Open Letter to Parents: Protect Your Children from Climate Change (Part 3)

Skip Spitzer is a Portland-based single dad of super groovy son, Sander. The following article is the third in a series of articles calling on parents to recognize the threats posed by climate change.

Dear parent,

Governments have been unable to do what is needed

The response by the nations of the world to the climate crisis has been atrociously inadequate. There is an international climate treaty with an agreed goal of limiting warming to 1.5-2°C. But it is not binding and most nations are very far from meeting their stated emissions commitments—which are in any case collectively much too small to reach the goal.[55]

Since the treaty process began in 1992, annual CO2 emissions have actually risen more than 60%[56] and atmospheric concentrations have hit all-time highs in every subsequent year.[57] Few governments are even talking about the other causes of environmental breakdown.

Why has the response been so inadequate?

The reason for lack of real action is that capitalism causes societies to shortsightedly pursue perpetual economic growth. Economic growth means that an economy produces more than it did before. When this doesn’t happen (even for a pretty short time), capitalist economies fall into recession or depression, causing extreme hardship.

The resulting mandate for growth—despite clear and reliable information about cataclysmic consequences—enables production and consumption propelling all the drivers of environmental breakdown. Not surprisingly, even climate scientists (who usually steadfastly steer clear of politics) are increasingly saying that modern capitalism is not compatible with averting climate catastrophe.[58],[59],[60]

Government officials are compelled to promote economic growth because it’s difficult to advance political agendas (noble or otherwise) in hard times. Liberal or further to the right, virtually all mainstream politicians agree on at least one thing: A rising tide lifts all boats.

Many officials also take pro-business positions due to lobbying and other corporate influence, and personal gain from their own ownership in corporations. Growth is so paramount that, just hours after the September 11th attacks, George W. Bush announced that America was “still open for business.” At international climate negotiations, the Trump administration bluntly declared that economic growth should not be sacrificed for the environment.[61]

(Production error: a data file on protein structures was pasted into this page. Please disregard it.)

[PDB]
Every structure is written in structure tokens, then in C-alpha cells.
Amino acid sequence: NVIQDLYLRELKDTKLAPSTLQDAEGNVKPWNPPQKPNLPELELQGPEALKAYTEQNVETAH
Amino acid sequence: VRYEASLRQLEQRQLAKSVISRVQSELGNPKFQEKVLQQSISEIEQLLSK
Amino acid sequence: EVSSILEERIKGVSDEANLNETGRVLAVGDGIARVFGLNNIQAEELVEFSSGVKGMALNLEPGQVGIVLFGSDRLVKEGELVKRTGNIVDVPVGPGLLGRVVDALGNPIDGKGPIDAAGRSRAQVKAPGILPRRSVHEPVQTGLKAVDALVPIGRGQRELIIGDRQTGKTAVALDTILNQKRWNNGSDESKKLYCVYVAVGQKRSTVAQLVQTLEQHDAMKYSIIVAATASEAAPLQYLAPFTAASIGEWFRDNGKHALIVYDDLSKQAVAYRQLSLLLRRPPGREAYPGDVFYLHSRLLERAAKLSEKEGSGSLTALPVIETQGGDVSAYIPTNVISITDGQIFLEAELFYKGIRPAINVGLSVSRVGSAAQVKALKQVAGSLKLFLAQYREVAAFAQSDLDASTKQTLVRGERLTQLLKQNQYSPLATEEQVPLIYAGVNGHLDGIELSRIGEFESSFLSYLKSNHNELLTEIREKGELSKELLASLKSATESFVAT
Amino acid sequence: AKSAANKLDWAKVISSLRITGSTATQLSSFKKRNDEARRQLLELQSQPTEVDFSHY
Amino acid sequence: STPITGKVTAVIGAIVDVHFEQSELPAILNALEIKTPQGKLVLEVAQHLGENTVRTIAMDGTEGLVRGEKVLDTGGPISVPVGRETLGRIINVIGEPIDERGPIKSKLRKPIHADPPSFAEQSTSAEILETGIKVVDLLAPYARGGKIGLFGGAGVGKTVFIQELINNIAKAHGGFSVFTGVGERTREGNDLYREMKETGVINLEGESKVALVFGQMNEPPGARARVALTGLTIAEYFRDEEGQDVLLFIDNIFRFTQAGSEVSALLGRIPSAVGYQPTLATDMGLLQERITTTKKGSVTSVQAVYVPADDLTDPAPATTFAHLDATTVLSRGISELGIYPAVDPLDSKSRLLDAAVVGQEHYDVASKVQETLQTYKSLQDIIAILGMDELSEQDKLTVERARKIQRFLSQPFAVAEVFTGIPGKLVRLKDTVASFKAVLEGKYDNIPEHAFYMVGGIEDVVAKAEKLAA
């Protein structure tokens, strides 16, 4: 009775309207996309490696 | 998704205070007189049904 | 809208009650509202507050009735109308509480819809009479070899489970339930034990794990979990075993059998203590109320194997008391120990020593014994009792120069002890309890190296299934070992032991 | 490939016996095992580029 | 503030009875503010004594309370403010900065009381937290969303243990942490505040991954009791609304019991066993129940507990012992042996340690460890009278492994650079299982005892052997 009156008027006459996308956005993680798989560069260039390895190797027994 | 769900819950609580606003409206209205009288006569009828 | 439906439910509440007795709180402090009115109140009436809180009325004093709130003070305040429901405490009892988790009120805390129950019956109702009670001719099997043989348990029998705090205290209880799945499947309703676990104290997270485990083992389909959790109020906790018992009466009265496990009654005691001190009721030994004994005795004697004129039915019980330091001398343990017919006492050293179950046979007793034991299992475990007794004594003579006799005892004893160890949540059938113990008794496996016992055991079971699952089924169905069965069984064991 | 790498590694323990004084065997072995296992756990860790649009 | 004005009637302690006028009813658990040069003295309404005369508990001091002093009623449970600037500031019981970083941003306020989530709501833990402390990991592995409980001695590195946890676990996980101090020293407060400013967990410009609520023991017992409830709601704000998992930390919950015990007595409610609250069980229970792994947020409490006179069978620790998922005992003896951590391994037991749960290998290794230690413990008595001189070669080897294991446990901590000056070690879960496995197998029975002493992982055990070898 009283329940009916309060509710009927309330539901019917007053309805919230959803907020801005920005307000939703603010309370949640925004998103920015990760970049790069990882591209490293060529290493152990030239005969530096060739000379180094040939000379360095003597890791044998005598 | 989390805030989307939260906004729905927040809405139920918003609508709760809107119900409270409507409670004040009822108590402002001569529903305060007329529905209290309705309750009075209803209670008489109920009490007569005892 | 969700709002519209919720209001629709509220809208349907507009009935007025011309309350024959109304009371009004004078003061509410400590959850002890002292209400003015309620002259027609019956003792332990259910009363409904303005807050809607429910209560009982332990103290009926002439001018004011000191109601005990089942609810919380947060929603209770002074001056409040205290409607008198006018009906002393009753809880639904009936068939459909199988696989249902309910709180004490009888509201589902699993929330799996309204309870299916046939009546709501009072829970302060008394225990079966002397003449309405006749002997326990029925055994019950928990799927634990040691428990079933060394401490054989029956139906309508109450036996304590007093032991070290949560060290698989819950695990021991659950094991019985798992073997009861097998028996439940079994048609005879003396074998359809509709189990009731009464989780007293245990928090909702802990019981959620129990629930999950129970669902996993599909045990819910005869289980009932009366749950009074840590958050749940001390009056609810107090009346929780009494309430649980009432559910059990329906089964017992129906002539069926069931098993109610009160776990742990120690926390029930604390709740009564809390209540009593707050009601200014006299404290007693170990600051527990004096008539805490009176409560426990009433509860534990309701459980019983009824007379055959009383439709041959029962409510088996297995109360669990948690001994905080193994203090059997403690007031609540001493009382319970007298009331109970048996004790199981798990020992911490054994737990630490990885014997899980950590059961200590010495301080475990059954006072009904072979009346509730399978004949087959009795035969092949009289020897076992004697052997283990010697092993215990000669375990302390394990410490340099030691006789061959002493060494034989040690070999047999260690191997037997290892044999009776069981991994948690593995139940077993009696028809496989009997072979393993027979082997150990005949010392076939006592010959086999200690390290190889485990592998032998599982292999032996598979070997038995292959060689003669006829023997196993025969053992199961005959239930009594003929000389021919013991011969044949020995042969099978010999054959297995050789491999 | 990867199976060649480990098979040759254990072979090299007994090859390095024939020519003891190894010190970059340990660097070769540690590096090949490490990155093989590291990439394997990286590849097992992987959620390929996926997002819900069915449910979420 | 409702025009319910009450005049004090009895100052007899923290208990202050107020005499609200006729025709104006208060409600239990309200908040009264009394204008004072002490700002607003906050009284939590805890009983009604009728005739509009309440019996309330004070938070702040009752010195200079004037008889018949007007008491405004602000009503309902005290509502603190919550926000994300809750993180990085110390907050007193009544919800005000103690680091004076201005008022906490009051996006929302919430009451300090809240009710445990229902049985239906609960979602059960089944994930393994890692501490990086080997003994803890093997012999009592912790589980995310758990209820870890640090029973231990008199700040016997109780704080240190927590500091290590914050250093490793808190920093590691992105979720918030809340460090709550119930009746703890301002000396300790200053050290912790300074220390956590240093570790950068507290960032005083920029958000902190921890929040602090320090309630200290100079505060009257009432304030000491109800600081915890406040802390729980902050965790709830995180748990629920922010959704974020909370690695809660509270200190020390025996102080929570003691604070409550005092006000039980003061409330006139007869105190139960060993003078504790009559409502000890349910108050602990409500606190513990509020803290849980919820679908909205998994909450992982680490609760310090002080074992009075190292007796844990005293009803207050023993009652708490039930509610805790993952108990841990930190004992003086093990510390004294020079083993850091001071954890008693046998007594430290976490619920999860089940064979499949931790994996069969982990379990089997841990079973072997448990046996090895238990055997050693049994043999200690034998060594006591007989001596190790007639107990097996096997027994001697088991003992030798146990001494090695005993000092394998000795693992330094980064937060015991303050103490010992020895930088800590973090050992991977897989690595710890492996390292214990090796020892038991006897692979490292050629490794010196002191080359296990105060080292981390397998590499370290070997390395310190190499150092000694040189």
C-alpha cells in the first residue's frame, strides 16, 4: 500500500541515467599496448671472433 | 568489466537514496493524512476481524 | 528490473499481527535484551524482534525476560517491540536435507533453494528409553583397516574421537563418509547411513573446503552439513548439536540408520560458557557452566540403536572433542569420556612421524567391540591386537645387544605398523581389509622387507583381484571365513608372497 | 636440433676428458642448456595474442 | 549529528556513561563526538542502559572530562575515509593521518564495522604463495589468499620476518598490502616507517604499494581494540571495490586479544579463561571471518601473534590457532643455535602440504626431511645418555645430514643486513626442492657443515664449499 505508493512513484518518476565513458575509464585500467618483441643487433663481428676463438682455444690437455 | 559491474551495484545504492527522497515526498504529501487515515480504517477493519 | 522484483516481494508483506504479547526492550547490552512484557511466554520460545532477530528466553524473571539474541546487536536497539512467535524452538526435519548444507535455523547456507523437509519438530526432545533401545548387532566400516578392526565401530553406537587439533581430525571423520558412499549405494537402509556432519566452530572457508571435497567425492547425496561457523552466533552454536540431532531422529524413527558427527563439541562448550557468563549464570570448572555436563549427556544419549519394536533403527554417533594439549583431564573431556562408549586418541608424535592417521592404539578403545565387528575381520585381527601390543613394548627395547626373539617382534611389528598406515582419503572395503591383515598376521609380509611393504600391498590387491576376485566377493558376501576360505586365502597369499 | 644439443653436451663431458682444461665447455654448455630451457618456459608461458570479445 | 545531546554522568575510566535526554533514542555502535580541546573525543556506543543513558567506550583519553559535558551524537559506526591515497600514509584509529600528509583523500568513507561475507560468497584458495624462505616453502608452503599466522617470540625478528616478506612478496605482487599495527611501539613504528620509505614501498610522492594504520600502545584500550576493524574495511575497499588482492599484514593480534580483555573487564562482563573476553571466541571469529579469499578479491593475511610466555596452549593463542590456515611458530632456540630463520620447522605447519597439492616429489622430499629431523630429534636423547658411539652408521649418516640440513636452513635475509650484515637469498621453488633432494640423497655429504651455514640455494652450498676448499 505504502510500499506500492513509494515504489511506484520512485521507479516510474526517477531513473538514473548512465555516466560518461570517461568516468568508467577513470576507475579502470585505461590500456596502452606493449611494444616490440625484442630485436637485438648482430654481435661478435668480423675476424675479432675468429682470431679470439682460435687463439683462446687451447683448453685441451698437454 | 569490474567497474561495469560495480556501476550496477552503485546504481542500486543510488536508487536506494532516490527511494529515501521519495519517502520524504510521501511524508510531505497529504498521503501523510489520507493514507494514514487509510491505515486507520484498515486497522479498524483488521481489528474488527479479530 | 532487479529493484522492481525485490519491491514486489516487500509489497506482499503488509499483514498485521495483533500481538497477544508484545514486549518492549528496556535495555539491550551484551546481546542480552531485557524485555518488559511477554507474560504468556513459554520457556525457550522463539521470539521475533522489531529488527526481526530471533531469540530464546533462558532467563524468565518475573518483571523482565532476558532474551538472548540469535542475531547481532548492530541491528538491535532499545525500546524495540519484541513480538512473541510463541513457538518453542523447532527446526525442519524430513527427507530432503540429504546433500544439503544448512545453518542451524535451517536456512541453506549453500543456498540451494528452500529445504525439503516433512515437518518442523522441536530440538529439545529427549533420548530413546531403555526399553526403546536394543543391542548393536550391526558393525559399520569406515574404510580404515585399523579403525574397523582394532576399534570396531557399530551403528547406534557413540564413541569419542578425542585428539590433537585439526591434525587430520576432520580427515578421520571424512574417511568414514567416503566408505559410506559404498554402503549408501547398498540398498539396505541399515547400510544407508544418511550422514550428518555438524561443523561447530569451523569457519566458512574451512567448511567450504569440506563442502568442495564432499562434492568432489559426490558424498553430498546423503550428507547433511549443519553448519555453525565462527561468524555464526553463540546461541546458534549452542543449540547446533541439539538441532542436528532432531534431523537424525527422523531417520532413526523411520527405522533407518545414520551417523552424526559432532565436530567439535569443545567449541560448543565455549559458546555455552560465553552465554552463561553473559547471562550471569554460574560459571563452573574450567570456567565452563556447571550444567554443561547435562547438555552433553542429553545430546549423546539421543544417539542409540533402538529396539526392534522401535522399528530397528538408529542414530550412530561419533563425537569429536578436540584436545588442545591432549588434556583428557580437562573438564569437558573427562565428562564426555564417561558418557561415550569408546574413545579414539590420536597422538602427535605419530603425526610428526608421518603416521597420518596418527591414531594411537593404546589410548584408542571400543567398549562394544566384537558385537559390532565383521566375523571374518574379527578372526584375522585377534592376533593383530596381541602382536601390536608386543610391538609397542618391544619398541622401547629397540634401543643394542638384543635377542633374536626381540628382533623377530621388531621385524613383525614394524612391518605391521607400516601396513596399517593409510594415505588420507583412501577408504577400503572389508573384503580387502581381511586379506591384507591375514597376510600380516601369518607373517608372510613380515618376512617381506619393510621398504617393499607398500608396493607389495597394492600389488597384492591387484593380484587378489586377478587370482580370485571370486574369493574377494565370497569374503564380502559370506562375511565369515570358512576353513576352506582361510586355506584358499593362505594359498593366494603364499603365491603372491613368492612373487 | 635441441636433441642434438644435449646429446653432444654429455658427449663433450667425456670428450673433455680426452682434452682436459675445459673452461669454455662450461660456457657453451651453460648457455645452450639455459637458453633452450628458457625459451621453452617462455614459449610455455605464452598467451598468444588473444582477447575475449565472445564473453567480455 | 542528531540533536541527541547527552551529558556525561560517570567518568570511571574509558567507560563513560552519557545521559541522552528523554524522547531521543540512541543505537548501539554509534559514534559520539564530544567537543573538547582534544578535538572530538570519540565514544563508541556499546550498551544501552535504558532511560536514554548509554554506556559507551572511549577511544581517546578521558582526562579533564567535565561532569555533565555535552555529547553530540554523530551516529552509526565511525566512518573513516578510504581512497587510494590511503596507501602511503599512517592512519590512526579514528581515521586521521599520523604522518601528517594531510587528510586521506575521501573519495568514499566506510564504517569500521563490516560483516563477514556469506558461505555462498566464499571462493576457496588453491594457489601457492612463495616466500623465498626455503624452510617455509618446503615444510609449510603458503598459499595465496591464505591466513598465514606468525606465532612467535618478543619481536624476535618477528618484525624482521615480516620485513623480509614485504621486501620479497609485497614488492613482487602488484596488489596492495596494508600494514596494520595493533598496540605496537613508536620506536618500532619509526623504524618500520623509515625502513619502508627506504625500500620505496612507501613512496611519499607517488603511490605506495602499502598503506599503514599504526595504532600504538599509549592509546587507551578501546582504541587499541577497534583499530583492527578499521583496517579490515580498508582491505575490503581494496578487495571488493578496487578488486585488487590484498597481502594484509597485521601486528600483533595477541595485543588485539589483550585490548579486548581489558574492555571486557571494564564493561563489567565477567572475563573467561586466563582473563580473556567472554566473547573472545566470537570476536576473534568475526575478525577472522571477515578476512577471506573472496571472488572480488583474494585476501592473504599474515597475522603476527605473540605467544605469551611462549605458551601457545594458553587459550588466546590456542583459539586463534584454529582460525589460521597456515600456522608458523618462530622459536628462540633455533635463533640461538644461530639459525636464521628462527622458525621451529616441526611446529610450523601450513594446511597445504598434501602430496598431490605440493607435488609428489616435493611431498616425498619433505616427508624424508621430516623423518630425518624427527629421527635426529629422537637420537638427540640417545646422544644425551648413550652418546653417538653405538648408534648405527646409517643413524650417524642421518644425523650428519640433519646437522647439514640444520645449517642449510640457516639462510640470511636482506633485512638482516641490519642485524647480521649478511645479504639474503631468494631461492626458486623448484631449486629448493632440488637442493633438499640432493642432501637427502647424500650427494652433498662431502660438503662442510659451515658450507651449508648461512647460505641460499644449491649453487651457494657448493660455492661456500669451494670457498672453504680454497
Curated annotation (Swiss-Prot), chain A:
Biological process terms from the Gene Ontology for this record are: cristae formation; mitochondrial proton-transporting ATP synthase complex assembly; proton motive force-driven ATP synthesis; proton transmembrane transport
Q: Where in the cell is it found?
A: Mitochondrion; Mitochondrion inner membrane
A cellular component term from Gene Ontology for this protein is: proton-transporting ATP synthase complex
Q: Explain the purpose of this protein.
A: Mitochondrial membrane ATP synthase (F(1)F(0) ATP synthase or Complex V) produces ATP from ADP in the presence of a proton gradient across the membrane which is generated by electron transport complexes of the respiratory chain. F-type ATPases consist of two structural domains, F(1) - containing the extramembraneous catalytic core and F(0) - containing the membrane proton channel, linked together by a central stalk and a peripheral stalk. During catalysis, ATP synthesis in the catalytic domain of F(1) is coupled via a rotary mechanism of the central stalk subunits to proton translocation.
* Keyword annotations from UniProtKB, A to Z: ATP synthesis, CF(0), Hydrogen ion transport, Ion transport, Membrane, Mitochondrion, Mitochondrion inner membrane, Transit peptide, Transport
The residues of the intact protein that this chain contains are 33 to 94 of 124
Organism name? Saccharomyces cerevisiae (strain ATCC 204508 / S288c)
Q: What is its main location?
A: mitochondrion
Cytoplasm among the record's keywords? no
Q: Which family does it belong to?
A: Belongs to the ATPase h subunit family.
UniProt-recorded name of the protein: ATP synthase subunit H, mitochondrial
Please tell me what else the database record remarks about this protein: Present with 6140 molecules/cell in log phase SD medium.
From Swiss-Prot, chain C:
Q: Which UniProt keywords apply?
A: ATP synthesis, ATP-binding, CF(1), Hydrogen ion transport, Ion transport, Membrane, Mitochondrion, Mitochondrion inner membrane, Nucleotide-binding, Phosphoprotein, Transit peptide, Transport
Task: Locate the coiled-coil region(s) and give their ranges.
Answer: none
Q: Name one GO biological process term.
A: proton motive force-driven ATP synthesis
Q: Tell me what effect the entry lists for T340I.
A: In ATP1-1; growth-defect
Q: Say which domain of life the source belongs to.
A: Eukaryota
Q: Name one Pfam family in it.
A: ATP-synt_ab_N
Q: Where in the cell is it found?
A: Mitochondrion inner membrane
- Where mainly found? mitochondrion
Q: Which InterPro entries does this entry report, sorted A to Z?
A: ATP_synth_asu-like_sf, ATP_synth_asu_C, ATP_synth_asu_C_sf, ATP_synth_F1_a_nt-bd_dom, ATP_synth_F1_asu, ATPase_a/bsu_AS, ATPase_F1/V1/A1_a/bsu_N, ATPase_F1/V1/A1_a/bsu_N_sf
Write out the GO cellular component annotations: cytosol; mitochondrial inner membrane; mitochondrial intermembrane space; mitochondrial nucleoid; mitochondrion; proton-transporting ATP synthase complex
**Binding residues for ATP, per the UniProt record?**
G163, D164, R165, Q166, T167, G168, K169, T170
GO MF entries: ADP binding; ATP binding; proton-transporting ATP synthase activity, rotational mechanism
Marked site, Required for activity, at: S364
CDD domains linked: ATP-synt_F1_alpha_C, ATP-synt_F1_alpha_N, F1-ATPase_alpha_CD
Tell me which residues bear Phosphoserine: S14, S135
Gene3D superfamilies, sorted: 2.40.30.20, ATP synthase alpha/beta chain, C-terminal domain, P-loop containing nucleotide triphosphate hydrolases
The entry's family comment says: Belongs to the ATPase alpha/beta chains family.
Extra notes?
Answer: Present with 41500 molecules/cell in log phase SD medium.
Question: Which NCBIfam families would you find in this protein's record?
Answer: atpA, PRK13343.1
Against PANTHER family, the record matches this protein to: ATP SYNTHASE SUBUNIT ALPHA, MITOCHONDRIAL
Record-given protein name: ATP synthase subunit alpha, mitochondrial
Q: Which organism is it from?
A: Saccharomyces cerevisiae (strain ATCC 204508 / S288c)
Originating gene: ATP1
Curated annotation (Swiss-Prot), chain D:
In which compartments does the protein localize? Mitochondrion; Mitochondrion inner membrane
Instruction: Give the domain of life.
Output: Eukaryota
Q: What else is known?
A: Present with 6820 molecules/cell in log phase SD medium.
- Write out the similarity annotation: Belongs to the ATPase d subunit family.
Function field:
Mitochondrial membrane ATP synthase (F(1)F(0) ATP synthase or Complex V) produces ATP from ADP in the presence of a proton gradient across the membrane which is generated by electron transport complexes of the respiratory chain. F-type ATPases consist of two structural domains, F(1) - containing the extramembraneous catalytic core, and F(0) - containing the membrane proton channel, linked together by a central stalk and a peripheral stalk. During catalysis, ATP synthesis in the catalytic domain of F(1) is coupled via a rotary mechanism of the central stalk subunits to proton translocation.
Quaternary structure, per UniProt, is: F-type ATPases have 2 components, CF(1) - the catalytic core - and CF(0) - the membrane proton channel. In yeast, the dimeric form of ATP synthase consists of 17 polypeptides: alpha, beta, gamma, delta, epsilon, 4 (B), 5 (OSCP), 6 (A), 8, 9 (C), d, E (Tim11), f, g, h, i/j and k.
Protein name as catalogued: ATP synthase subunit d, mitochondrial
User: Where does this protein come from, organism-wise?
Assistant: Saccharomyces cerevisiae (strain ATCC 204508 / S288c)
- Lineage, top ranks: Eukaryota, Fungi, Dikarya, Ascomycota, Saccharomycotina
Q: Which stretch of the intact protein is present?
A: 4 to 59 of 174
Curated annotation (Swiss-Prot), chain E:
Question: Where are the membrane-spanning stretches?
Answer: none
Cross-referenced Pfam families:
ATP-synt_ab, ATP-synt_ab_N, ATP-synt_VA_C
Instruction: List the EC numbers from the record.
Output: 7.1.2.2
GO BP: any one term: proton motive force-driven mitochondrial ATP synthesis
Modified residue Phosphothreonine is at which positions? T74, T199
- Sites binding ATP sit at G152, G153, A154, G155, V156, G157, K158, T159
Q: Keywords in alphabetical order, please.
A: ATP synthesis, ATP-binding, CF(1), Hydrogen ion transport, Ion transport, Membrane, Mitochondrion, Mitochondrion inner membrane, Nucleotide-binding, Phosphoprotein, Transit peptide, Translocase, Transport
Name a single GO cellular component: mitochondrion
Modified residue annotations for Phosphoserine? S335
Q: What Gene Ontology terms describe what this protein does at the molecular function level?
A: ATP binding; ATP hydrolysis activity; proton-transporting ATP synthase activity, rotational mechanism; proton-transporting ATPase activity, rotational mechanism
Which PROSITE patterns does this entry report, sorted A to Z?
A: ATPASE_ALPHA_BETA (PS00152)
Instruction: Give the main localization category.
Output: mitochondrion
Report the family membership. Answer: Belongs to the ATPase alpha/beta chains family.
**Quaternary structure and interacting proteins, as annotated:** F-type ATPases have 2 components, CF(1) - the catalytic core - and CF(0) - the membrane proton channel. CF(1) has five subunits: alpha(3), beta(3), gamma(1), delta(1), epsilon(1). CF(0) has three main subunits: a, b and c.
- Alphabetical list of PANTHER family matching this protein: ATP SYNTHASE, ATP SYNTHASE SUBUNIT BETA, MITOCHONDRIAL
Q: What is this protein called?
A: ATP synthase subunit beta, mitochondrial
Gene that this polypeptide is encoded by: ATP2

Owners and managers of corporations are compelled to promote their own businesses’ growth because wealth, power, and prestige are vigorous motivators and competitive pressures threaten these rewards.

From deregulation to thwarting pro-climate policies, corporate decision-makers agitate for a favorable business (not planetary) climate. They produce in ways that minimize their company’s costs, while virtually ignoring costs to society and environment (externalities), unless forced by law or social pressure.[62] They work industriously to focus us on consuming, by stoking our desires and—perhaps worse—fortifying beliefs that all is well, at least well enough for business as usual.

News media are an especially important case of corporate self-interest. Largely because climate is a “ratings killer,” most news outlets have grievously under-covered it. For example, only 22 of the 50 biggest newspapers in the U.S. had any coverage of the dire warning issued to humanity by the IPCC in October 2018.[63]

When there is climate coverage, it is often harmful, for example, understating the problem, treating it as just another issue, and giving unwarranted attention to deniers. The result, representing a devastating failure of the news media’s responsibility to inform, is that as recently as 2016 less than half of the U.S. public believed that human-caused climate change was real.[64]

The very wealthy—when not focusing on enhancing their wealth and extremely high-footprint consumption—generally appear to be overwhelmingly more interested in elite disaster preparedness than fighting climate change.

There are many signs of growing effort to save themselves through strategies like militarized, corporate and personal security and disaster management services,[65] specialized insurance, private firefighters, buying land, stockpiling resources and gold coins,[66] getting bunkers (including commercially available “survival condos”[67]), and salvation ventures like Blue Origin, Amazon-founder Jeff Bezos’ aerospace project to “enable private human access to space.”[68] At least some of the 1% are fretting about issues like, “How do I maintain authority over my security force after the event?”[69]